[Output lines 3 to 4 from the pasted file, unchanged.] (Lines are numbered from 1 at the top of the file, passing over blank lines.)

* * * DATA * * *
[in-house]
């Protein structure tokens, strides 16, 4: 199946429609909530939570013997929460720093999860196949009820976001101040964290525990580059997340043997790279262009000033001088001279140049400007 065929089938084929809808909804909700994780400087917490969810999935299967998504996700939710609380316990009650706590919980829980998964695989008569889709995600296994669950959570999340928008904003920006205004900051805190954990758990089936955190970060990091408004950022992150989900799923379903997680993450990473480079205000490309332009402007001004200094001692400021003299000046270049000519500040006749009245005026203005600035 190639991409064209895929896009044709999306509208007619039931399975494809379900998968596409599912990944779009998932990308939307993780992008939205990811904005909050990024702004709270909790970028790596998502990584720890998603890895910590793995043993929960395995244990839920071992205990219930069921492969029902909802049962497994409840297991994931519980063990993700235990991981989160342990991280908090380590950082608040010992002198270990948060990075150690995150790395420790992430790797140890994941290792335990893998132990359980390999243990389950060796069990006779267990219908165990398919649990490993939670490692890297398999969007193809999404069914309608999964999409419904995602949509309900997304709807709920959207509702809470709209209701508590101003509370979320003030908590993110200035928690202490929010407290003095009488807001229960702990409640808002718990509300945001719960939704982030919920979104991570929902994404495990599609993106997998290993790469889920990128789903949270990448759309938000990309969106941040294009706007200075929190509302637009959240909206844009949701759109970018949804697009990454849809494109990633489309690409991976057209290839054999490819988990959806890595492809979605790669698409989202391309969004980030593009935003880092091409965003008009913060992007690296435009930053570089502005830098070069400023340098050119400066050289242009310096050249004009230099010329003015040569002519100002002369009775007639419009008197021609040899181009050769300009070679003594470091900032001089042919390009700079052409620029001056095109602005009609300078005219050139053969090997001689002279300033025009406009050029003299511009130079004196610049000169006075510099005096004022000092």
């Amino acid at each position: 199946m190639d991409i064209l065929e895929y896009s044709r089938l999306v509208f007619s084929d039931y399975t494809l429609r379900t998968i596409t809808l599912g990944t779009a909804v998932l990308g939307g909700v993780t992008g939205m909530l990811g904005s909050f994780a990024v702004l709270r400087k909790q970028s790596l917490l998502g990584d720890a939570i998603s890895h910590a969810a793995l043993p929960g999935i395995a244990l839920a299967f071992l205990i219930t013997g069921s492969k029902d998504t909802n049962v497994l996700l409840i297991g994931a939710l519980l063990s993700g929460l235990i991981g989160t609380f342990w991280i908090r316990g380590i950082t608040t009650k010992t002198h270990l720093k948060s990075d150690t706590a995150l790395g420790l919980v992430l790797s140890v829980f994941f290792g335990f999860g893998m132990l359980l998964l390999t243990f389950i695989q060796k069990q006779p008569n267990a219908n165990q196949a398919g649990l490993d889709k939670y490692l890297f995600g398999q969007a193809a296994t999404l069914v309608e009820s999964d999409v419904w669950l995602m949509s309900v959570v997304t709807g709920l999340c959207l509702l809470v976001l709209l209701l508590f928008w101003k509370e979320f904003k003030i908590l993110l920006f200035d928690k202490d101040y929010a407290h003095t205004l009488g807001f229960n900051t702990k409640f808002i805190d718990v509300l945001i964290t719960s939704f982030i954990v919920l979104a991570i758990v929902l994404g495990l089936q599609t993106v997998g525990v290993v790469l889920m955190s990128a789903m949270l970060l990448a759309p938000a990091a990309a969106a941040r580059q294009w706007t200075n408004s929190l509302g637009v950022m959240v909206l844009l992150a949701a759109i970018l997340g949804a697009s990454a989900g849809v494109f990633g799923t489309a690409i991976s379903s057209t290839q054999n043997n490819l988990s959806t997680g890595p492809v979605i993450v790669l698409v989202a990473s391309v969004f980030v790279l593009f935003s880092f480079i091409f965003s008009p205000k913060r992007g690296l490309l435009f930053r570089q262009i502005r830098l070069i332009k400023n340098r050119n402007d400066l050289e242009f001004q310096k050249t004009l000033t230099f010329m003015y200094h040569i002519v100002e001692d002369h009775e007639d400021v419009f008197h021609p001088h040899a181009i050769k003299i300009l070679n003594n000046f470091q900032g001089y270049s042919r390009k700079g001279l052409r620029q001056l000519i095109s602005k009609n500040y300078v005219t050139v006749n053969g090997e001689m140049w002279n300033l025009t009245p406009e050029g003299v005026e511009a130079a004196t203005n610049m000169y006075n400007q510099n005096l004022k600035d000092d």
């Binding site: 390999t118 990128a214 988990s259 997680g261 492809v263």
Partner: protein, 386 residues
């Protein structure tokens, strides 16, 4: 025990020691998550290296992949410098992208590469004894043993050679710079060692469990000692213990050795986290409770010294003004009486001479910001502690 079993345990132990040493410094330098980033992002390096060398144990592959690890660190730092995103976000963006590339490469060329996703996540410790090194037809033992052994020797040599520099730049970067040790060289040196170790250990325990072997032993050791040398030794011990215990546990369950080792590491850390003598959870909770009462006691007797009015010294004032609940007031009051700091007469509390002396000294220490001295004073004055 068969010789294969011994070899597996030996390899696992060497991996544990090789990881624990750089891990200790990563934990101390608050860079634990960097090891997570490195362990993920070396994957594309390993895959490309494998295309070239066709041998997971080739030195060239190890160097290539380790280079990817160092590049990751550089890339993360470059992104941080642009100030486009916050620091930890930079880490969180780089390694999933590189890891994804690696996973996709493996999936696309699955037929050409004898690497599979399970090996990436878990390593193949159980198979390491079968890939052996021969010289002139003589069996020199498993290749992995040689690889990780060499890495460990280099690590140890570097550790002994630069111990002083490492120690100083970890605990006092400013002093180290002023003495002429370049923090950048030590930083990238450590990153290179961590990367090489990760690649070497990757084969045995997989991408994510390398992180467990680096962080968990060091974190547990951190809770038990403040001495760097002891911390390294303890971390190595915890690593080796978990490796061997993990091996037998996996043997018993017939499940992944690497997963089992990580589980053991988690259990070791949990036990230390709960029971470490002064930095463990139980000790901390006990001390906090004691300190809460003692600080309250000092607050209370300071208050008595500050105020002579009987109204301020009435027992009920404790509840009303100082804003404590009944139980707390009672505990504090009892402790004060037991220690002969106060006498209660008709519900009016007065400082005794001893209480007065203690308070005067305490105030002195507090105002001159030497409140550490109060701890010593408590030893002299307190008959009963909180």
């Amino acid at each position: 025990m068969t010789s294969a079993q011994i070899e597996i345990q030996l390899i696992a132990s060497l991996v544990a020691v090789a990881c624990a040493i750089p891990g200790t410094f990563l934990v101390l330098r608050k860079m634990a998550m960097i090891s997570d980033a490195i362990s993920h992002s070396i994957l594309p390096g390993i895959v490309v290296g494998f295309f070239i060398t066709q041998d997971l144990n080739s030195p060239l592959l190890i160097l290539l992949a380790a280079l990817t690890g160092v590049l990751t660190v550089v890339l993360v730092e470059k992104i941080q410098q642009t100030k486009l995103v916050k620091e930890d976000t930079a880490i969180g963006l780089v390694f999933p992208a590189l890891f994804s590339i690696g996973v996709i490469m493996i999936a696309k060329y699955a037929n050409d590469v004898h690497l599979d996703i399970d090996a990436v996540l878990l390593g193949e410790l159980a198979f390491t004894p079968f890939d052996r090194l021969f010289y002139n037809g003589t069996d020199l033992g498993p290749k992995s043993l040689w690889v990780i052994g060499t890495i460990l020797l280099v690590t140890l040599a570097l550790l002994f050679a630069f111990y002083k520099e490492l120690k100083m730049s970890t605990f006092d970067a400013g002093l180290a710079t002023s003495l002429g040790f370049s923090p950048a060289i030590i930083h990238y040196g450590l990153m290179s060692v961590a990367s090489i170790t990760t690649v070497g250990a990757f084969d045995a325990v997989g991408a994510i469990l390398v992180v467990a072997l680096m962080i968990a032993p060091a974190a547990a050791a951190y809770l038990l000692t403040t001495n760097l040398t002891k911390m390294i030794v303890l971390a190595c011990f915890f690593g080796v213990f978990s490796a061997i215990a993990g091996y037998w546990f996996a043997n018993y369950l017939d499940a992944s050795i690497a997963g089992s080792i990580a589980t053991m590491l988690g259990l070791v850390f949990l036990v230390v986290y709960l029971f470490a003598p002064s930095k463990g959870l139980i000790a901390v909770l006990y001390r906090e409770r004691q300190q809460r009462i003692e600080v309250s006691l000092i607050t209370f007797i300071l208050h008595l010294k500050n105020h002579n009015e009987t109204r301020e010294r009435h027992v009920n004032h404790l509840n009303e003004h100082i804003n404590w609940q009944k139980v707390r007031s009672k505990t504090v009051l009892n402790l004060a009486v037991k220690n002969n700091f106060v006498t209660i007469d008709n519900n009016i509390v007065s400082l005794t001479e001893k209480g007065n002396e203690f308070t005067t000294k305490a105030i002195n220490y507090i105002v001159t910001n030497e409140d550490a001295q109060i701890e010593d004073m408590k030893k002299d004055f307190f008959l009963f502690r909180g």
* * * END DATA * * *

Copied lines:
């Amino acid at each position: 199946m190639d991409i064209l065929e895929y896009s044709r089938l999306v509208f007619s084929d039931y399975t494809l429609r379900t998968i596409t809808l599912g990944t779009a909804v998932l990308g939307g909700v993780t992008g939205m909530l990811g904005s909050f994780a990024v702004l709270r400087k909790q970028s790596l917490l998502g990584d720890a939570i998603s890895h910590a969810a793995l043993p929960g999935i395995a244990l839920a299967f071992l205990i219930t013997g069921s492969k029902d998504t909802n049962v497994l996700l409840i297991g994931a939710l519980l063990s993700g929460l235990i991981g989160t609380f342990w991280i908090r316990g380590i950082t608040t009650k010992t002198h270990l720093k948060s990075d150690t706590a995150l790395g420790l919980v992430l790797s140890v829980f994941f290792g335990f999860g893998m132990l359980l998964l390999t243990f389950i695989q060796k069990q006779p008569n267990a219908n165990q196949a398919g649990l490993d889709k939670y490692l890297f995600g398999q969007a193809a296994t999404l069914v309608e009820s999964d999409v419904w669950l995602m949509s309900v959570v997304t709807g709920l999340c959207l509702l809470v976001l709209l209701l508590f928008w101003k509370e979320f904003k003030i908590l993110l920006f200035d928690k202490d101040y929010a407290h003095t205004l009488g807001f229960n900051t702990k409640f808002i805190d718990v509300l945001i964290t719960s939704f982030i954990v919920l979104a991570i758990v929902l994404g495990l089936q599609t993106v997998g525990v290993v790469l889920m955190s990128a789903m949270l970060l990448a759309p938000a990091a990309a969106a941040r580059q294009w706007t200075n408004s929190l509302g637009v950022m959240v909206l844009l992150a949701a759109i970018l997340g949804a697009s990454a989900g849809v494109f990633g799923t489309a690409i991976s379903s057209t290839q054999n043997n490819l988990s959806t997680g890595p492809v979605i993450v790669l698409v989202a990473s391309v969004f980030v790279l593009f935003s880092f480079i091409f965003s008009p205000k913060r992007g690296l490309l435009f930053r570089q262009i502005r830098l070069i332009k400023n340098r050119n402007d400066l050289e242009f001004q310096k050249t004009l000033t230099f010329m003015y200094h040569i002519v100002e001692d002369h009775e007639d400021v419009f008197h021609p001088h040899a181009i050769k003299i300009l070679n003594n000046f470091q900032g001089y270049s042919r390009k700079g001279l052409r620029q001056l000519i095109s602005k009609n500040y300078v005219t050139v006749n053969g090997e001689m140049w002279n300033l025009t009245p406009e050029g003299v005026e511009a130079a004196t203005n610049m000169y006075n400007q510099n005096l004022k600035d000092d």
């Binding site: 390999t118 990128a214 988990s259 997680g261 492809v263």